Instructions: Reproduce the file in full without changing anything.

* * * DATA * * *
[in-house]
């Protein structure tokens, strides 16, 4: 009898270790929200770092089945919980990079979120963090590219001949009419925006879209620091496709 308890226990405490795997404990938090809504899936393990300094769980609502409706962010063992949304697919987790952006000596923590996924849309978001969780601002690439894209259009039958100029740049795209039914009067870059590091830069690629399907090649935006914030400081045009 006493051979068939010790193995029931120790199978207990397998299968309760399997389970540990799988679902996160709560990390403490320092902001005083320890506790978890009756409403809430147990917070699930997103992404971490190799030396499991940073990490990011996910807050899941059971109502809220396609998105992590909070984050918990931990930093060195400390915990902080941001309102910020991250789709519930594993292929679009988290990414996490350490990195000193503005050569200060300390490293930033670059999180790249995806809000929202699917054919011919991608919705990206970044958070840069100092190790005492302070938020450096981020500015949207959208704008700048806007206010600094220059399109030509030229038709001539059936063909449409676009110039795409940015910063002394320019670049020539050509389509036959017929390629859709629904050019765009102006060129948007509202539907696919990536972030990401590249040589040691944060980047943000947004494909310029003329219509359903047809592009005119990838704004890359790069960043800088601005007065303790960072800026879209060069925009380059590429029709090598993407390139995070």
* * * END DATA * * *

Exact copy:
[in-house]
């Protein structure tokens, strides 16, 4: 009898270790929200770092089945919980990079979120963090590219001949009419925006879209620091496709 308890226990405490795997404990938090809504899936393990300094769980609502409706962010063992949304697919987790952006000596923590996924849309978001969780601002690439894209259009039958100029740049795209039914009067870059590091830069690629399907090649935006914030400081045009 006493051979068939010790193995029931120790199978207990397998299968309760399997389970540990799988679902996160709560990390403490320092902001005083320890506790978890009756409403809430147990917070699930997103992404971490190799030396499991940073990490990011996910807050899941059971109502809220396609998105992590909070984050918990931990930093060195400390915990902080941001309102910020991250789709519930594993292929679009988290990414996490350490990195000193503005050569200060300390490293930033670059999180790249995806809000929202699917054919011919991608919705990206970044958070840069100092190790005492302070938020450096981020500015949207959208704008700048806007206010600094220059399109030509030229038709001539059936063909449409676009110039795409940015910063002394320019670049020539050509389509036959017929390629859709629904050019765009102006060129948007509202539907696919990536972030990401590249040589040691944060980047943000947004494909310029003329219509359903047809592009005119990838704004890359790069960043800088601005007065303790960072800026879209060069925009380059590429029709090598993407390139995070």